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Where Women Are Kings

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Elijah, seven years old, has a history of disruptive behaviour. His adoptive mother Nikki believes that she and her husband Obi are strong enough to accept his difficulties – and that her being white will not affect her ability to raise a black son. Deborah, Elijah’s birth mother, is ever present, and her love for her son is a constant reminder for Nikki of something she’s Elijah, seven years old, has a history of disruptive behaviour. His adoptive mother Nikki believes that she and her husband Obi are strong enough to accept his difficulties – and that her being white will not affect her ability to raise a black son. Deborah, Elijah’s birth mother, is ever present, and her love for her son is a constant reminder for Nikki of something she’s not part of, that she’s never had. Each of them faces more challenges than they could have dreamed of, but just as Elijah starts to settle in, a surprise event rocks their fragile peace and the result is devastating.


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Elijah, seven years old, has a history of disruptive behaviour. His adoptive mother Nikki believes that she and her husband Obi are strong enough to accept his difficulties – and that her being white will not affect her ability to raise a black son. Deborah, Elijah’s birth mother, is ever present, and her love for her son is a constant reminder for Nikki of something she’s Elijah, seven years old, has a history of disruptive behaviour. His adoptive mother Nikki believes that she and her husband Obi are strong enough to accept his difficulties – and that her being white will not affect her ability to raise a black son. Deborah, Elijah’s birth mother, is ever present, and her love for her son is a constant reminder for Nikki of something she’s not part of, that she’s never had. Each of them faces more challenges than they could have dreamed of, but just as Elijah starts to settle in, a surprise event rocks their fragile peace and the result is devastating.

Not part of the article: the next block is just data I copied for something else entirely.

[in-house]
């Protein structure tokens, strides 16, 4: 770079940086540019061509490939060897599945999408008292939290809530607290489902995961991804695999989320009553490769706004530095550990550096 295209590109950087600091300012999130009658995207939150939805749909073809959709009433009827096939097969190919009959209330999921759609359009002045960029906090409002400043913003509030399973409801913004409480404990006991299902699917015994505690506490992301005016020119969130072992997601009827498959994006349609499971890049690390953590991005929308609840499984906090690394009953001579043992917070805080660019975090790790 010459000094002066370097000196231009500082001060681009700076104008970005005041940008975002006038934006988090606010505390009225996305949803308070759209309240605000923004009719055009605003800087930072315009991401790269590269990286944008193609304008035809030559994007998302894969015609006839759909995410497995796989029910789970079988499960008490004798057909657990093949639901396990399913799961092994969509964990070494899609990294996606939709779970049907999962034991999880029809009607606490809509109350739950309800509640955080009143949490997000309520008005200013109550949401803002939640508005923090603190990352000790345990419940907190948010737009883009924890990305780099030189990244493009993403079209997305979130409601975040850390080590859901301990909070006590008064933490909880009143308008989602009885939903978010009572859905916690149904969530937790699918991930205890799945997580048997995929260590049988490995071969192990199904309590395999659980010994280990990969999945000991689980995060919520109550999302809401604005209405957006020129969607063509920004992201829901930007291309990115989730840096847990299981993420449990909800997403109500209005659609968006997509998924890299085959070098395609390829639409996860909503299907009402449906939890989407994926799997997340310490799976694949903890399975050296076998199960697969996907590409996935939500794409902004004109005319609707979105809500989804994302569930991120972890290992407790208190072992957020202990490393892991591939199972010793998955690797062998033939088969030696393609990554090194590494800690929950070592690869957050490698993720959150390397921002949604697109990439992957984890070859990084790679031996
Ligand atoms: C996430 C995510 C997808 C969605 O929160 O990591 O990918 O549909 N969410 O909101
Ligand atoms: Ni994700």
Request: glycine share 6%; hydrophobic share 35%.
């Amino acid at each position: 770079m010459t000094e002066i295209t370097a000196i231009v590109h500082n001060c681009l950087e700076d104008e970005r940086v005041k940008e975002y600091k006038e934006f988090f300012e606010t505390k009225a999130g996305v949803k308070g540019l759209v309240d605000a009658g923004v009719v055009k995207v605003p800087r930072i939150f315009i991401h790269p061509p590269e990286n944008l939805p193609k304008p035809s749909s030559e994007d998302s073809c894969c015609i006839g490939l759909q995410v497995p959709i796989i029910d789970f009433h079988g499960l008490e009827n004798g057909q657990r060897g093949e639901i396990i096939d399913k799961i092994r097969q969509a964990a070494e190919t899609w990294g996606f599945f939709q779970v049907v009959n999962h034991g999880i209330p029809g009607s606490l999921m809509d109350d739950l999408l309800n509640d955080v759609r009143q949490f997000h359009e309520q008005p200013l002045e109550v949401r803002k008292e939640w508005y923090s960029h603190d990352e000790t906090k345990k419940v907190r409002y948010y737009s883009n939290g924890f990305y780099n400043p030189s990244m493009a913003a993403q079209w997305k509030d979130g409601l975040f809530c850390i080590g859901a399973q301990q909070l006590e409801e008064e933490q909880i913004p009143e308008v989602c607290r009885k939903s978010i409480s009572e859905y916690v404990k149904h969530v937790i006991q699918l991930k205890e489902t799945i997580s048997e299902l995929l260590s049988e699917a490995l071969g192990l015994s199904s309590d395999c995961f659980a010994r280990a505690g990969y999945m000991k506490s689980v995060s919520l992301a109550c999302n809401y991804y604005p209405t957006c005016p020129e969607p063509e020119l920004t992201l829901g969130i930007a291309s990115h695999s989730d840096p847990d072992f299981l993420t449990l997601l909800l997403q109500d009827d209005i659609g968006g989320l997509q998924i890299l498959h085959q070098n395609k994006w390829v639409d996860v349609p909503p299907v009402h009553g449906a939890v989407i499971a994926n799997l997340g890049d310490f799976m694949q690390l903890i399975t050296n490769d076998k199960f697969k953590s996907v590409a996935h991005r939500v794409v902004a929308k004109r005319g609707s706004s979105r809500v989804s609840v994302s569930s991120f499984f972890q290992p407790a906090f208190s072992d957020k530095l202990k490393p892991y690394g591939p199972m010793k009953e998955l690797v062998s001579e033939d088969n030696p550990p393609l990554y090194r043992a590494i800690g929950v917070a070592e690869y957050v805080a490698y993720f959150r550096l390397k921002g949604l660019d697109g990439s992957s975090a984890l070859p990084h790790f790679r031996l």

30 review for Where Women Are Kings

  1. 5 out of 5

    Cristina

    This book... was weird 90% of the time. It was a book about beliefs, culture, feelings and mental illness. It was a book about a tortured nigerian boy. A boy I really felt sorry for. I think this book has a lesson to teach us. We just have to have an open mind to let the lesson dive in. That why I was so skeptical in the beginning... I thought it was an awful book (I repeat: in the beginning). I didn't understand why Elijah felt that way. Like he had a wizard inside of him. But, in the end, the This book... was weird 90% of the time. It was a book about beliefs, culture, feelings and mental illness. It was a book about a tortured nigerian boy. A boy I really felt sorry for. I think this book has a lesson to teach us. We just have to have an open mind to let the lesson dive in. That why I was so skeptical in the beginning... I thought it was an awful book (I repeat: in the beginning). I didn't understand why Elijah felt that way. Like he had a wizard inside of him. But, in the end, the lesson made me think differently. You can never understand someone's pain, because you can never know what's going on in his mind. But reading it... feeling it, turned this story upside down for me. I'm glad I read this book. I'm glad I read a book that was clearly out of my comfort zone. Because sometimes a book like this one, can open your eyes.

  2. 4 out of 5

    ~Jo~